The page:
Since you talk about "a new technology may simply be a new theory of linguistics", Foucault might be nice; 'The Order of Discourse' comes to mind. The essay is all about discourse/structures of thought, and why/how they are re-defined and reiterated through systems of desire and convention, etc. I'm assuming you've read him and/or the essay already, though, judging by your previous questions.

Oh, and also: Hayden White's book The Content of the Form: Narrative Discourse and Historical Representation talks about the narrativity of history, and how (this is a super-generalization) the moral structure of the individual/society organizing/recording the history constructs a narrative out of history. It's history from a very literary-theory bent. I haven't read the entire book, but I imagine it would be interesting and generally related to what you're talking about. Again, you might have read this, too.
posted by suedehead at 8:51 PM on February 5, 2008

Response by poster: I have to rush, but some great stuff so far.

45moore45: I must emphasise, art is not just about 'your heart' its also about how people perceive it, and science and technology do give us new and wide reaching ways to re-read and re-understand the art and artefacts which have come before. By seeing the sketch underneath a Da Vinci painting am I not somehow re-examining the painting which he went on to produce? Seeing it from a new angle? By applying a new theory of linguistics or evolutionary psychology to a classic text, am I not assessing it with new eyes? Using my new knowledge to re-affirm the past somehow?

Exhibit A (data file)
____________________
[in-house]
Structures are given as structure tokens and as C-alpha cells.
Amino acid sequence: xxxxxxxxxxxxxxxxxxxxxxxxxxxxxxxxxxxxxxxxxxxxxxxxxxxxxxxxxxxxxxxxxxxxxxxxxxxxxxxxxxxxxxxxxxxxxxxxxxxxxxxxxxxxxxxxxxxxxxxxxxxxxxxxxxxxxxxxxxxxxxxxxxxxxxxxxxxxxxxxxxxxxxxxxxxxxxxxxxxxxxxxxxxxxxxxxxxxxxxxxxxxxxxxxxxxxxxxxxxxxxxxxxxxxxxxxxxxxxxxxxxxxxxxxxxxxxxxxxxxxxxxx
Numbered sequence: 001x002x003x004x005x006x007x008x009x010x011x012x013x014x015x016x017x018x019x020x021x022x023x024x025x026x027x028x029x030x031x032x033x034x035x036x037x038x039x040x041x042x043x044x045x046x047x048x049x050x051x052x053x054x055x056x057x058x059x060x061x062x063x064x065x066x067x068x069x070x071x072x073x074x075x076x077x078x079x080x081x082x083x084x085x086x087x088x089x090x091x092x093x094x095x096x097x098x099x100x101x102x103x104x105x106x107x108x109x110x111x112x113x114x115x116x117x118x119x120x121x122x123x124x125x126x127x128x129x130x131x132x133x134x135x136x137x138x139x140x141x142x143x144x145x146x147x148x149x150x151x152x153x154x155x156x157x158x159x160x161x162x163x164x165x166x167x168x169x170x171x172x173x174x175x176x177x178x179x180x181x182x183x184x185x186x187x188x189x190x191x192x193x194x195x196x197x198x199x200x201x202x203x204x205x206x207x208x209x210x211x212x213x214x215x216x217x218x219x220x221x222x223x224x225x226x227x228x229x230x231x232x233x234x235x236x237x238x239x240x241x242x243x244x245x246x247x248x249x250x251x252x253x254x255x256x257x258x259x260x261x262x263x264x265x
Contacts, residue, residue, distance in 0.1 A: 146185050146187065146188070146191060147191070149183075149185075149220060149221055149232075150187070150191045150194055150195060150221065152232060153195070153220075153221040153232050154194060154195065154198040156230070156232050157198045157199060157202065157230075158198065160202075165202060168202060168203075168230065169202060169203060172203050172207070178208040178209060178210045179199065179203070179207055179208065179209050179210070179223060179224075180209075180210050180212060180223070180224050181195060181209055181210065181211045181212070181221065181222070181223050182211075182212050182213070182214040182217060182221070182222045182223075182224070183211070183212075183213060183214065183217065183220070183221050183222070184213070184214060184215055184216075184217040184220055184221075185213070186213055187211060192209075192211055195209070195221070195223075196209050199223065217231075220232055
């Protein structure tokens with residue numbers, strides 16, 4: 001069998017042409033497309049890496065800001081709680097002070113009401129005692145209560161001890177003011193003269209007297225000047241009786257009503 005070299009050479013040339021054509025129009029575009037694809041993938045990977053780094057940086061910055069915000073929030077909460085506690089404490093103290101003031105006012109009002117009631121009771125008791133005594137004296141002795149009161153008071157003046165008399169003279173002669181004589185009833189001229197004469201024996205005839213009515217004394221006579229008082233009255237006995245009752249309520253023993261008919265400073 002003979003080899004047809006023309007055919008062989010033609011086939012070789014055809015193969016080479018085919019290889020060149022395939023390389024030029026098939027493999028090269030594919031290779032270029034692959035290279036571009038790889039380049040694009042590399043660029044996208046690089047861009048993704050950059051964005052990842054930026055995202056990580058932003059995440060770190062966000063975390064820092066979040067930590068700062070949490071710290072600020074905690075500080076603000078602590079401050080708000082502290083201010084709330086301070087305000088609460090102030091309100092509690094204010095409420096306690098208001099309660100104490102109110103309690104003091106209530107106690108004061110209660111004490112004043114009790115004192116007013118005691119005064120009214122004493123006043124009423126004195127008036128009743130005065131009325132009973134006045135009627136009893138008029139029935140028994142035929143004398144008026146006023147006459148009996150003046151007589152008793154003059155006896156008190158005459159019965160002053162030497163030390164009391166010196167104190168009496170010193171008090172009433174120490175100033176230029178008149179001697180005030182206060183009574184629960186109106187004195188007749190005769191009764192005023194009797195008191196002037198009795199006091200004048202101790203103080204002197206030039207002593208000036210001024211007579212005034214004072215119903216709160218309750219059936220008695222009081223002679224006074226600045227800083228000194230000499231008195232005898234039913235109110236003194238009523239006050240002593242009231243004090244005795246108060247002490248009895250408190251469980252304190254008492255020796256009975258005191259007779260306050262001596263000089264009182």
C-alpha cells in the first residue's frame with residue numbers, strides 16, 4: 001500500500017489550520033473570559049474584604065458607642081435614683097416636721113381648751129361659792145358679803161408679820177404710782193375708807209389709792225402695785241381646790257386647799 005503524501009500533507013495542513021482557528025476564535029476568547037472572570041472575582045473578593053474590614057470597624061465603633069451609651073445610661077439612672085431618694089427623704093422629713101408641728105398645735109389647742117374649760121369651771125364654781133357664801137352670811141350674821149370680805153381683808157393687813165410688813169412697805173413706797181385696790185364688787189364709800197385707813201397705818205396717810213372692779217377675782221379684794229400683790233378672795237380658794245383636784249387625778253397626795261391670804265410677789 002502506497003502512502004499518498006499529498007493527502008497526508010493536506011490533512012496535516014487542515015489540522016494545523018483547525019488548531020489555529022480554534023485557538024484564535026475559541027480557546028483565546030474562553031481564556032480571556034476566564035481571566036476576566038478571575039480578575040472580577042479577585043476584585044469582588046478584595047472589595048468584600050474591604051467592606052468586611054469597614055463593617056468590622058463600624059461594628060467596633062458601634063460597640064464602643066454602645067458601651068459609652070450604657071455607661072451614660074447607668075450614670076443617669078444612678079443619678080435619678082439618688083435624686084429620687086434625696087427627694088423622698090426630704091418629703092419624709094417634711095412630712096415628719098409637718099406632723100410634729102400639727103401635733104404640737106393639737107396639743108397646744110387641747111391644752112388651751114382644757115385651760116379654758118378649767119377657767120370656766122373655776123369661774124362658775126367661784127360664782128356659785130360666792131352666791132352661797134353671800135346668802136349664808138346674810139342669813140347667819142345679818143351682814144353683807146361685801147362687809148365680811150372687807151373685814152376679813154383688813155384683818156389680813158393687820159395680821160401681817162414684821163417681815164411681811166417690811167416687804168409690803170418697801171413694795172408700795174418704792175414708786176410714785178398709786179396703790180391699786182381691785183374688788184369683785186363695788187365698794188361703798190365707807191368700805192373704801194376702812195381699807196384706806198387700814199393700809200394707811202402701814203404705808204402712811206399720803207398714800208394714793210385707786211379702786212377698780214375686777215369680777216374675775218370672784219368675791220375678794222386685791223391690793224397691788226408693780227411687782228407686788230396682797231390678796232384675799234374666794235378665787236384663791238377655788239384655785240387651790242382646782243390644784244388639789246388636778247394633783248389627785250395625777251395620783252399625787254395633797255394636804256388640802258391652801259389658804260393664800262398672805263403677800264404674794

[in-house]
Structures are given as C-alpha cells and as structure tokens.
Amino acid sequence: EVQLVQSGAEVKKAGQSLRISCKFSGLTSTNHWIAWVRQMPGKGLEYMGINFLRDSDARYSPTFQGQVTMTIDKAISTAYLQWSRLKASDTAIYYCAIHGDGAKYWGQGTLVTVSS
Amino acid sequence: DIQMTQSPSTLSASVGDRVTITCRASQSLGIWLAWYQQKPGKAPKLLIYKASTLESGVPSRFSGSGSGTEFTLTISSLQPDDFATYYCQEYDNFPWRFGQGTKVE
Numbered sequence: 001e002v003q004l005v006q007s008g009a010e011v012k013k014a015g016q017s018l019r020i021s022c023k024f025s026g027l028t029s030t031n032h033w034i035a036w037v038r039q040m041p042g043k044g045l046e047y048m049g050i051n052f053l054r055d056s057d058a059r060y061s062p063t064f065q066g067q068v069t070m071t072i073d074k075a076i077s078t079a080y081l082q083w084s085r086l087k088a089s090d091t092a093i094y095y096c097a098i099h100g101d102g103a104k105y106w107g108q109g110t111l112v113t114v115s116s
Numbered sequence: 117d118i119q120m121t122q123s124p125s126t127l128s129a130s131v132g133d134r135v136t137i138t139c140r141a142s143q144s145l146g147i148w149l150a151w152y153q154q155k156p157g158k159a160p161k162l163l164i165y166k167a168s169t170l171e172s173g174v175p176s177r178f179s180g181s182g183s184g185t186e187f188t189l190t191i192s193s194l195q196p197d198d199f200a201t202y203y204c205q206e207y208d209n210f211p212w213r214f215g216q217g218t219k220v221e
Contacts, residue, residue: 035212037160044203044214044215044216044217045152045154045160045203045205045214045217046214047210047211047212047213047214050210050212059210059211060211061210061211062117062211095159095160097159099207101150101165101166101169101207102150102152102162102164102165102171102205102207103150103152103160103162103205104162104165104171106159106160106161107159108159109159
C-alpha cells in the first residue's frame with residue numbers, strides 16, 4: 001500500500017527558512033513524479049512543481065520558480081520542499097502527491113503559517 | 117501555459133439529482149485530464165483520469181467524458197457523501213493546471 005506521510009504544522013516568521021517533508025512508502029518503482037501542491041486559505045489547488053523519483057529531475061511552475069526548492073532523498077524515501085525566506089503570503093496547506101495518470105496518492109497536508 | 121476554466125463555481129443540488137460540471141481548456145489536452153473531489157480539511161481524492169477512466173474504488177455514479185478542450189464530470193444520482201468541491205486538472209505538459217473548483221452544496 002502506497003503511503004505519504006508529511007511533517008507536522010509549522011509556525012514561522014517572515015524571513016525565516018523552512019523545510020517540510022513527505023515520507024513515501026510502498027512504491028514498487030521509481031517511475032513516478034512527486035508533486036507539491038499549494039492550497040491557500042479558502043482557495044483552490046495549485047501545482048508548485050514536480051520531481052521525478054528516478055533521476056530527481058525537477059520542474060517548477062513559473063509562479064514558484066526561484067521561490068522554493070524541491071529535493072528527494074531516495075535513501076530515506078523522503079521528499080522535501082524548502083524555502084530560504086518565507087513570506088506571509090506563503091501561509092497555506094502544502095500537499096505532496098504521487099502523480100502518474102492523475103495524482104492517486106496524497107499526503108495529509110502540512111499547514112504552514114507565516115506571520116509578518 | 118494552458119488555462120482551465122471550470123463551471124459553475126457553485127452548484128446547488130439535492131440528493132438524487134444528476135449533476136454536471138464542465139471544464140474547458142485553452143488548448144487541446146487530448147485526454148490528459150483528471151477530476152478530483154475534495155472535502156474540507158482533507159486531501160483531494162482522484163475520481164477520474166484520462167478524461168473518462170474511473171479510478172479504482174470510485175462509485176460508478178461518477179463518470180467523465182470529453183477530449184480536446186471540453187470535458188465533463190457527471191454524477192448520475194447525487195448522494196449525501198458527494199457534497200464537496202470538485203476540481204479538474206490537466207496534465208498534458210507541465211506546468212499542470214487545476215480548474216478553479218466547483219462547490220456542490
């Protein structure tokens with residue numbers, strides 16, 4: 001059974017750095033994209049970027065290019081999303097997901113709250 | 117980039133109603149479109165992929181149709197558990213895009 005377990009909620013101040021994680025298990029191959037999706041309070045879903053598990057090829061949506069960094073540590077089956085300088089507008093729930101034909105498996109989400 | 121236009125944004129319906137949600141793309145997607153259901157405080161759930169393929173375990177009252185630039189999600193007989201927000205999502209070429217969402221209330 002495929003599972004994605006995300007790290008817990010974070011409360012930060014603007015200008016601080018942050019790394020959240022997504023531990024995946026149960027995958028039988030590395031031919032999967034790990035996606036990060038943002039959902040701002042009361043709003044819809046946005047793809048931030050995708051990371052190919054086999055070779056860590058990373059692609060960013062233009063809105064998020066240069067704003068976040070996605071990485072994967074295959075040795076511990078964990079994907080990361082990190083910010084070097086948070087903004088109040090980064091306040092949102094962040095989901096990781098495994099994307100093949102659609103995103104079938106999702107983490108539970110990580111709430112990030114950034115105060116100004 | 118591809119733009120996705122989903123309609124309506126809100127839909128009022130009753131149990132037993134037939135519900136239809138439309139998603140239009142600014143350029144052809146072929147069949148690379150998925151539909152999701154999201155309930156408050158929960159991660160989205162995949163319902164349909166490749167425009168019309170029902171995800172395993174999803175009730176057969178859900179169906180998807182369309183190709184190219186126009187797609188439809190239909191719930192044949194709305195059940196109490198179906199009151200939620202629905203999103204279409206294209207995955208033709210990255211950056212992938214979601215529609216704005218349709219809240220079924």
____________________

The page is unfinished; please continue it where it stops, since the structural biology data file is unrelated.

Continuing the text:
I meant nothing negative by my question. Quite the opposite.
posted by 0bvious at 11:55 PM on February 5, 2008

Best answer: The origin of the term "palimpsest" was in manuscript studies, was subsequently picked up by archaeologists, and since has become somewhat trendy in thinking about social theory (e.g.), 2. Geoff Bailey gives a good overview of th concept in archaeology:
Time perspectives, palimpsests and the archaeology of time
Geoff Bailey *Journal of Anthropological Archaeology 26 (2007) 198–223

I can email it to you if you don't have access via web of science, say.